<i>Dear Workforce</i> How Do We Determine Criteria Tying Performance To Raises

July 29, 2001

Dear Workforce:

I'm trying to determine what criteria to use to connect employee performance appraisals with salary raises. How do I instruct managers to "split the cake" of their salary update budget?

- HR Manager, software/systems, Israel

A Dear Splitting the Cake:

Pay for performance programs are wonderful in concept, but more difficult to execute. Much of the success of these programs depends on the willingness of individual managers to make objective assessments of their employees, and also their willingness to differentiate between performances that meet expectations and those that exceed expectations. Therefore, one of the key elements of performance management is to reinforce with managers their roles in the process.

There are no right or wrong metrics to include in a performance management program. The items that one organization measures may or may not be appropriate for another, and it is not advisable to use generic measures for your company. Many companies are moving towards a competency-based system that measures employee performance against a set of core behaviors that are known to have a positive impact on organizational performance. Examples of these competencies include managerial courage, adaptability, willingness to risk, etc. Be sure what you measure is a key driver of organizational performance. If you do, then rewarding individuals for these metrics is consistent with overall results.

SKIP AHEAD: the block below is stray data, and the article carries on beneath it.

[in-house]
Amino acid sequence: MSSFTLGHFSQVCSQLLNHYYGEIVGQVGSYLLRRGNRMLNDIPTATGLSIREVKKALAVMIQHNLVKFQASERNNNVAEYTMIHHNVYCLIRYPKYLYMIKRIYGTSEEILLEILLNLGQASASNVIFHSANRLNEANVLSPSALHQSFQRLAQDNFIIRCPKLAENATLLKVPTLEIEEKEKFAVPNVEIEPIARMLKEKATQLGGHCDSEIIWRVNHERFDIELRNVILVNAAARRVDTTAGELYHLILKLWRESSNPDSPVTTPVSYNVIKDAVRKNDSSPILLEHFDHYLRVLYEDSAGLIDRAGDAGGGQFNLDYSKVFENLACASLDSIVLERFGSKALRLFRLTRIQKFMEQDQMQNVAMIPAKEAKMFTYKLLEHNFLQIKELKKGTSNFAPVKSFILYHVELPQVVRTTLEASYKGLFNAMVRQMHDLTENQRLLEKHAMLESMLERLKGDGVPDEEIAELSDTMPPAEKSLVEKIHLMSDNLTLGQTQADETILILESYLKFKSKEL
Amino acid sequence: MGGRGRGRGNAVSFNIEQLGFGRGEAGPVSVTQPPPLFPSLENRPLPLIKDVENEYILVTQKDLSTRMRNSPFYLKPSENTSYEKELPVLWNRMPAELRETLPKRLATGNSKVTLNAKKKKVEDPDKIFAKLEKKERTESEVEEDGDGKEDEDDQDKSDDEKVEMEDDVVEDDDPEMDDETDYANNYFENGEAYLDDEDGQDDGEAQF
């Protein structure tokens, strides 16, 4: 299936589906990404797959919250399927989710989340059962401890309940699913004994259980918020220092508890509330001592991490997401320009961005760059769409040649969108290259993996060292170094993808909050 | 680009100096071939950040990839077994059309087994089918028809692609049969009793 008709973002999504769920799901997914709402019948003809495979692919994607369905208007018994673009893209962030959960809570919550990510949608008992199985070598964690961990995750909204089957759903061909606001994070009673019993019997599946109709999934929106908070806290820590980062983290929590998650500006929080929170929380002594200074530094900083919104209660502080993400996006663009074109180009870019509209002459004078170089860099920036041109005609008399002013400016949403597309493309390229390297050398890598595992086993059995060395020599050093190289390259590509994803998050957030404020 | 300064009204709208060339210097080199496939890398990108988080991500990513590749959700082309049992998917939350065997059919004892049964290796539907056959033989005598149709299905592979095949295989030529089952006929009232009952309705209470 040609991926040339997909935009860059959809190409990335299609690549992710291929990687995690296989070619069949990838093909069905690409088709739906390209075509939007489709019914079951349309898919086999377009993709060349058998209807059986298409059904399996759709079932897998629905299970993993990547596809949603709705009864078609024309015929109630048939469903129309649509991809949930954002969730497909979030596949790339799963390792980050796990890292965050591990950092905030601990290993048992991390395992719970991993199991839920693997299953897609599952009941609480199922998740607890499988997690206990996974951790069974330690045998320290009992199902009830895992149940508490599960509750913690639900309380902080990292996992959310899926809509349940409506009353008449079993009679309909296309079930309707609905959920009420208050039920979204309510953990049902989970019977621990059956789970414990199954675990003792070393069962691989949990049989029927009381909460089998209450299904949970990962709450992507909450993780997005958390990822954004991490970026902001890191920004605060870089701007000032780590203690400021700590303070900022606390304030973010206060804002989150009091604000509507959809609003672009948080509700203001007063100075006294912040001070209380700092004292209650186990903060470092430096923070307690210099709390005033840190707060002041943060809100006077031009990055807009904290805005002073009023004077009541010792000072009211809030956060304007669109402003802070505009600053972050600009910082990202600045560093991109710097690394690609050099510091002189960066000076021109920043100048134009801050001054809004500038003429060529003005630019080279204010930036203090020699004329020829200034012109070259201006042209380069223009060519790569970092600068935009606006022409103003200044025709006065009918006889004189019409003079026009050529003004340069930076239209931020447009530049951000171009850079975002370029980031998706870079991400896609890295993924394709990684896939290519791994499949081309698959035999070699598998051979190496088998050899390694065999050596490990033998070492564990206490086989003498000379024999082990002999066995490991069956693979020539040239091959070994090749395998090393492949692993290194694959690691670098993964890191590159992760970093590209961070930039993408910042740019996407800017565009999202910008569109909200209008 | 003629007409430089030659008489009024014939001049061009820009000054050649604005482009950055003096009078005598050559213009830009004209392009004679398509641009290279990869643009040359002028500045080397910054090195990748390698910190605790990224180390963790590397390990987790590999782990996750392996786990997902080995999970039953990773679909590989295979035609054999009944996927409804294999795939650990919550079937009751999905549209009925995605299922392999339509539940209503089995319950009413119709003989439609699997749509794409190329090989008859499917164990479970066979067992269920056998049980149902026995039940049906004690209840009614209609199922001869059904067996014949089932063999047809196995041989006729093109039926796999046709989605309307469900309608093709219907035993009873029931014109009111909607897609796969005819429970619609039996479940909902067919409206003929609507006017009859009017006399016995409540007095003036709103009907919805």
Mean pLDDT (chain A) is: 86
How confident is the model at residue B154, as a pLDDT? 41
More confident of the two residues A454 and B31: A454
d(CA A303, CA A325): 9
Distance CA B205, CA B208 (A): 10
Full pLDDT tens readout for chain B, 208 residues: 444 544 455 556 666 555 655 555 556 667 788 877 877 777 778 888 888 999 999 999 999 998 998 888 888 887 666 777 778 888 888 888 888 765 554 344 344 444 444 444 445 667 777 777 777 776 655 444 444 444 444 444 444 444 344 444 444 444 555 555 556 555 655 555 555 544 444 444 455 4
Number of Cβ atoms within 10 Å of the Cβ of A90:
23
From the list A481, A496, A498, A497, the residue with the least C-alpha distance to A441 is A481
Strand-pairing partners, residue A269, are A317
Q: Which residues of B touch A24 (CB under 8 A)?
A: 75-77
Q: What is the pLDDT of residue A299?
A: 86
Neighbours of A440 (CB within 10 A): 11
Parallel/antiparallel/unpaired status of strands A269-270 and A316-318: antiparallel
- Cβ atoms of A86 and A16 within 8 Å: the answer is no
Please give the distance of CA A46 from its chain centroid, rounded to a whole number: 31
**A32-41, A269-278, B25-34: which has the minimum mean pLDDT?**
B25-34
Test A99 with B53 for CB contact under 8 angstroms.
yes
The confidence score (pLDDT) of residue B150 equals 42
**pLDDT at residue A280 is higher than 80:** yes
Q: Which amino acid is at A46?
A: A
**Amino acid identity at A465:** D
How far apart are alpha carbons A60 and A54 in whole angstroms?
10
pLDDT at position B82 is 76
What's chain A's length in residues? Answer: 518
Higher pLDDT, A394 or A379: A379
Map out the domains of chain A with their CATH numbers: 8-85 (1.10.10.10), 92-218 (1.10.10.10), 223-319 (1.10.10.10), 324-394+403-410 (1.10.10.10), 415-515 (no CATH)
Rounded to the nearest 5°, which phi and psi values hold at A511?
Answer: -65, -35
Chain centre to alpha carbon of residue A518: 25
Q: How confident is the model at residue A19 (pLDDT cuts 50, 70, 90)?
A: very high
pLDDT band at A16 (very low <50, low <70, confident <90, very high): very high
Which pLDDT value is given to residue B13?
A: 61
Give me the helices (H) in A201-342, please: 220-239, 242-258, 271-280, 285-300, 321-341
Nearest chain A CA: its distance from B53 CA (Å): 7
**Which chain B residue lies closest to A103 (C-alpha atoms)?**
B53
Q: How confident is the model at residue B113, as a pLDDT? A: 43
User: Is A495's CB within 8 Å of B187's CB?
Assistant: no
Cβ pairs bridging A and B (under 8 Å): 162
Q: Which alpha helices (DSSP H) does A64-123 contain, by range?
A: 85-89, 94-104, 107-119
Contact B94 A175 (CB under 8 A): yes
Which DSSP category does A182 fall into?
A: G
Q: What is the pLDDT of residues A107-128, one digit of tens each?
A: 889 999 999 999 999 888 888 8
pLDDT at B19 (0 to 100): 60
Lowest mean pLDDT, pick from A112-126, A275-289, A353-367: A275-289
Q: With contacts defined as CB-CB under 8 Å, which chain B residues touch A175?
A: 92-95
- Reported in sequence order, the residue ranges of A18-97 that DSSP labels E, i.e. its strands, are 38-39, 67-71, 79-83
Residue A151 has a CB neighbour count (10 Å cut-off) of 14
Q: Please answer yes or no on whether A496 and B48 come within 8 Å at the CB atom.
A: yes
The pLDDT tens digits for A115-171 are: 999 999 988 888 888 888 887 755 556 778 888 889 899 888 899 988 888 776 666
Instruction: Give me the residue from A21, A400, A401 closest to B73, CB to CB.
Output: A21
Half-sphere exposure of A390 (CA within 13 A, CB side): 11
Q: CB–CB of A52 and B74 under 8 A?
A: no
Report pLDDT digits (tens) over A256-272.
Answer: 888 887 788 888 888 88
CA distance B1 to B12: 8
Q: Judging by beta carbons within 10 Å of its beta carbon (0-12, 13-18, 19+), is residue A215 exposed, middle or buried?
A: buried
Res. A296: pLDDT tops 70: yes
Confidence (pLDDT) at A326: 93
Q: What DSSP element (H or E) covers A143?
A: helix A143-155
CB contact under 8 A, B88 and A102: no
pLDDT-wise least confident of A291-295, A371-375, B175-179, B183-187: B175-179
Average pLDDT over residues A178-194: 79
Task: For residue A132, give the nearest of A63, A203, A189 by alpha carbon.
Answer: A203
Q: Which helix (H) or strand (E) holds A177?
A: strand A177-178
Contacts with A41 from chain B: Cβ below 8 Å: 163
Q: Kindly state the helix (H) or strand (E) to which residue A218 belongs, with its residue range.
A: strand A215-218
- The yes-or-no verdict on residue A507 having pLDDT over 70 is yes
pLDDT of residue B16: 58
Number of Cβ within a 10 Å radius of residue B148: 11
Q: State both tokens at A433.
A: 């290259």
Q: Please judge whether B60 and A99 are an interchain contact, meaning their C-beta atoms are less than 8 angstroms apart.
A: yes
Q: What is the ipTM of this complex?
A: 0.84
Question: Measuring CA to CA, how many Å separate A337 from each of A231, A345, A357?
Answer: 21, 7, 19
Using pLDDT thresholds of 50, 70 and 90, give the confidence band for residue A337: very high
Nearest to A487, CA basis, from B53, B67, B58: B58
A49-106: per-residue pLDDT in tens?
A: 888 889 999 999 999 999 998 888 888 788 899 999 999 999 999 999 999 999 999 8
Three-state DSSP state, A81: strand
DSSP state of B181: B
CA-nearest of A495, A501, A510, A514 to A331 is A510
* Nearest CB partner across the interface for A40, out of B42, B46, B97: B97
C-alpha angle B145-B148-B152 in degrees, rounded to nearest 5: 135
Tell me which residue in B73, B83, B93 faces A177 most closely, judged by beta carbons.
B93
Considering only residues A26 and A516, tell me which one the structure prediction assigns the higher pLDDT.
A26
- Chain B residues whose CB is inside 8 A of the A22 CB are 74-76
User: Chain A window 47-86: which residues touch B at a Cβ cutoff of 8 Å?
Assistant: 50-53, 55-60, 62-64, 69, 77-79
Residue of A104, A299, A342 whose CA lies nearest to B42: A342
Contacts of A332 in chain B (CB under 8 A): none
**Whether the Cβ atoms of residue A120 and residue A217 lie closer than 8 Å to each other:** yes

One of the most effective ways to link pay with performance is to create a Salary Increase Matrix that compares an individual's performance with her position in the salary range. Therefore, if two individuals have equal performance, the greater salary increase would go to the individual whose pay is lower in the salary range. This will allow top performers to move through their respective salary ranges more quickly, while lower performers remain in the bottom half of the structure.

SOURCE: Mitch Stern, Deloitte & Touche, human capital group, Los Angeles, Calif., April 4, 2001.

LEARN MORE: See, "Performance Appraisals Should Focus on Performance, Not Personality"

The information contained in this article is intended to provide useful information on the topic covered, but should not be construed as legal advice or a legal opinion. Also remember that state laws may differ from the federal law.

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